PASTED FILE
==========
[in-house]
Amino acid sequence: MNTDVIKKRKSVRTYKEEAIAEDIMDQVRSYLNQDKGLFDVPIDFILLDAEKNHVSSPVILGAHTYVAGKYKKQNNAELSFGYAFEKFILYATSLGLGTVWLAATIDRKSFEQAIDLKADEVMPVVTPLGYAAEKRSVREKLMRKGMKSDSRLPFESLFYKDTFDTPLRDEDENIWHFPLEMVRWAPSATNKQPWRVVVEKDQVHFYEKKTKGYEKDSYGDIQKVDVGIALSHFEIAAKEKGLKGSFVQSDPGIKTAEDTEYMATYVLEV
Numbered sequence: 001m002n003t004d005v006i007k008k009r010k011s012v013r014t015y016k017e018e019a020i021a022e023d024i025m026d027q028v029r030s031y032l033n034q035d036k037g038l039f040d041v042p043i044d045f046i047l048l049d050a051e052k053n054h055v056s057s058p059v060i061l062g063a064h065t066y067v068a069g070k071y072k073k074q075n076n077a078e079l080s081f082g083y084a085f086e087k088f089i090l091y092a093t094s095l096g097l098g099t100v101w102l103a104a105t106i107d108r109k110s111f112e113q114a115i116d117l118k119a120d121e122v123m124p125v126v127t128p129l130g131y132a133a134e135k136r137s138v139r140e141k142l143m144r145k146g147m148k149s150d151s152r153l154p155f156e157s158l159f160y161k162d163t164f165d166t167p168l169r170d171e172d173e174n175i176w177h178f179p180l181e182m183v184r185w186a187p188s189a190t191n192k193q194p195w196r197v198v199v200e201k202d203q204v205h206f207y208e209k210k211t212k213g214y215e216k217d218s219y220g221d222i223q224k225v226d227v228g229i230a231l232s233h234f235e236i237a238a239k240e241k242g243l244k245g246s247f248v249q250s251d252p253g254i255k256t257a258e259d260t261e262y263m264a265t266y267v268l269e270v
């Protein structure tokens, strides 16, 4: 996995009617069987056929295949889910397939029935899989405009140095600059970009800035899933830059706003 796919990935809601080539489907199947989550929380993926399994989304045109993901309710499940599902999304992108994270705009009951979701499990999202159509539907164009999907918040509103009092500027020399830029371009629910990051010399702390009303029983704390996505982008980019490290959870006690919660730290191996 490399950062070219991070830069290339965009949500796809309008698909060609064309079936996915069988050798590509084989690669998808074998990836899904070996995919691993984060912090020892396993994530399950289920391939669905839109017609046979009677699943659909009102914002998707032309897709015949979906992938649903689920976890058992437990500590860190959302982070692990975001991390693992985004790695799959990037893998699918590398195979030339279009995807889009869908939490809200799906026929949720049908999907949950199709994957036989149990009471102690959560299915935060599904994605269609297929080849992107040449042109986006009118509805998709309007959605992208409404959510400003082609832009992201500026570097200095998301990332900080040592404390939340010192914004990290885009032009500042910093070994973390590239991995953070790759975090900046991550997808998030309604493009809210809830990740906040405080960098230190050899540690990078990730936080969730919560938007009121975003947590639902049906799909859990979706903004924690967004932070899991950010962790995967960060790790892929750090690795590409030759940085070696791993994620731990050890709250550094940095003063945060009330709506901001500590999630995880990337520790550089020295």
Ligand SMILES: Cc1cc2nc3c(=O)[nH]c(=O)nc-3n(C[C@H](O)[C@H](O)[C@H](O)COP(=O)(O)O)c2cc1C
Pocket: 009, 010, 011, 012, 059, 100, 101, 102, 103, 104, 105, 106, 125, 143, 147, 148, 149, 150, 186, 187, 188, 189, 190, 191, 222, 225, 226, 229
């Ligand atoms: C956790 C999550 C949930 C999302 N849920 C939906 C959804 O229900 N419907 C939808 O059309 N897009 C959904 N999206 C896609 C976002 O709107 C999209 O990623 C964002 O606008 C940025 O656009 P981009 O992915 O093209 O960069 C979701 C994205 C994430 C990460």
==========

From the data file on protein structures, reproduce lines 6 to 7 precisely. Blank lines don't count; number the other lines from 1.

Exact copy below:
Pocket: 009, 010, 011, 012, 059, 100, 101, 102, 103, 104, 105, 106, 125, 143, 147, 148, 149, 150, 186, 187, 188, 189, 190, 191, 222, 225, 226, 229
């Ligand atoms: C956790 C999550 C949930 C999302 N849920 C939906 C959804 O229900 N419907 C939808 O059309 N897009 C959904 N999206 C896609 C976002 O709107 C999209 O990623 C964002 O606008 C940025 O656009 P981009 O992915 O093209 O960069 C979701 C994205 C994430 C990460």